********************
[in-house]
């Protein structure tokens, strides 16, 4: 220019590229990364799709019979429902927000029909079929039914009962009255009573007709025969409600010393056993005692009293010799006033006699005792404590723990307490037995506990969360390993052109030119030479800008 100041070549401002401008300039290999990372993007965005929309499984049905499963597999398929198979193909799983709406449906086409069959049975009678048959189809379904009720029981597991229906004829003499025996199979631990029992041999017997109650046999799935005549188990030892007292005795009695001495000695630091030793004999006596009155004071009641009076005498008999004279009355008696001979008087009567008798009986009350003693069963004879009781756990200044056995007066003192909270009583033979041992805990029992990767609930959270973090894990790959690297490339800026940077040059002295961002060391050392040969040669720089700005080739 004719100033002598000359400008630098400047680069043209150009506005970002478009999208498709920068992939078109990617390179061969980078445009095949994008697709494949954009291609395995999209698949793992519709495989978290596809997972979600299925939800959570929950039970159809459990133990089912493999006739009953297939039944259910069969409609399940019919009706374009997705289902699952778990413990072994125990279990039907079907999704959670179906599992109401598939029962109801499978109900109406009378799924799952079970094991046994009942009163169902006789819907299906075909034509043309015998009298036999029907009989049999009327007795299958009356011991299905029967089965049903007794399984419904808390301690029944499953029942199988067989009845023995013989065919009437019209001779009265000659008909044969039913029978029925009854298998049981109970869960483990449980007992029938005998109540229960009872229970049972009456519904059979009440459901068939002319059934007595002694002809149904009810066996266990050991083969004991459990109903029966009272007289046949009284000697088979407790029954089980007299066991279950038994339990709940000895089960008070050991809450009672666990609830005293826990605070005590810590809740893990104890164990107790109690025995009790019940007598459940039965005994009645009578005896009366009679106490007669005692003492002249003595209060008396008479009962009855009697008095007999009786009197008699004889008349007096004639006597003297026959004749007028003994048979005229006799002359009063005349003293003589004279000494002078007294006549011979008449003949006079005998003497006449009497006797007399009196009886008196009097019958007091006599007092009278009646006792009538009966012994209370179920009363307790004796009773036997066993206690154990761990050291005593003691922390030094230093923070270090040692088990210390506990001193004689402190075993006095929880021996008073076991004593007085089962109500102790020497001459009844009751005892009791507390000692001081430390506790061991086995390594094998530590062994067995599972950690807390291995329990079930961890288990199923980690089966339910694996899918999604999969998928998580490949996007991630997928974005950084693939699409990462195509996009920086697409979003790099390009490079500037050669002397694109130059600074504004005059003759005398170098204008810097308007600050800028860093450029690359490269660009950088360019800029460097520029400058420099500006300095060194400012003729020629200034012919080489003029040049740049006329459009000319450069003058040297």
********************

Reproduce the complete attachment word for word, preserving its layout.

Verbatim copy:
[in-house]
């Protein structure tokens, strides 16, 4: 220019590229990364799709019979429902927000029909079929039914009962009255009573007709025969409600010393056993005692009293010799006033006699005792404590723990307490037995506990969360390993052109030119030479800008 100041070549401002401008300039290999990372993007965005929309499984049905499963597999398929198979193909799983709406449906086409069959049975009678048959189809379904009720029981597991229906004829003499025996199979631990029992041999017997109650046999799935005549188990030892007292005795009695001495000695630091030793004999006596009155004071009641009076005498008999004279009355008696001979008087009567008798009986009350003693069963004879009781756990200044056995007066003192909270009583033979041992805990029992990767609930959270973090894990790959690297490339800026940077040059002295961002060391050392040969040669720089700005080739 004719100033002598000359400008630098400047680069043209150009506005970002478009999208498709920068992939078109990617390179061969980078445009095949994008697709494949954009291609395995999209698949793992519709495989978290596809997972979600299925939800959570929950039970159809459990133990089912493999006739009953297939039944259910069969409609399940019919009706374009997705289902699952778990413990072994125990279990039907079907999704959670179906599992109401598939029962109801499978109900109406009378799924799952079970094991046994009942009163169902006789819907299906075909034509043309015998009298036999029907009989049999009327007795299958009356011991299905029967089965049903007794399984419904808390301690029944499953029942199988067989009845023995013989065919009437019209001779009265000659008909044969039913029978029925009854298998049981109970869960483990449980007992029938005998109540229960009872229970049972009456519904059979009440459901068939002319059934007595002694002809149904009810066996266990050991083969004991459990109903029966009272007289046949009284000697088979407790029954089980007299066991279950038994339990709940000895089960008070050991809450009672666990609830005293826990605070005590810590809740893990104890164990107790109690025995009790019940007598459940039965005994009645009578005896009366009679106490007669005692003492002249003595209060008396008479009962009855009697008095007999009786009197008699004889008349007096004639006597003297026959004749007028003994048979005229006799002359009063005349003293003589004279000494002078007294006549011979008449003949006079005998003497006449009497006797007399009196009886008196009097019958007091006599007092009278009646006792009538009966012994209370179920009363307790004796009773036997066993206690154990761990050291005593003691922390030094230093923070270090040692088990210390506990001193004689402190075993006095929880021996008073076991004593007085089962109500102790020497001459009844009751005892009791507390000692001081430390506790061991086995390594094998530590062994067995599972950690807390291995329990079930961890288990199923980690089966339910694996899918999604999969998928998580490949996007991630997928974005950084693939699409990462195509996009920086697409979003790099390009490079500037050669002397694109130059600074504004005059003759005398170098204008810097308007600050800028860093450029690359490269660009950088360019800029460097520029400058420099500006300095060194400012003729020629200034012919080489003029040049740049006329459009000319450069003058040297």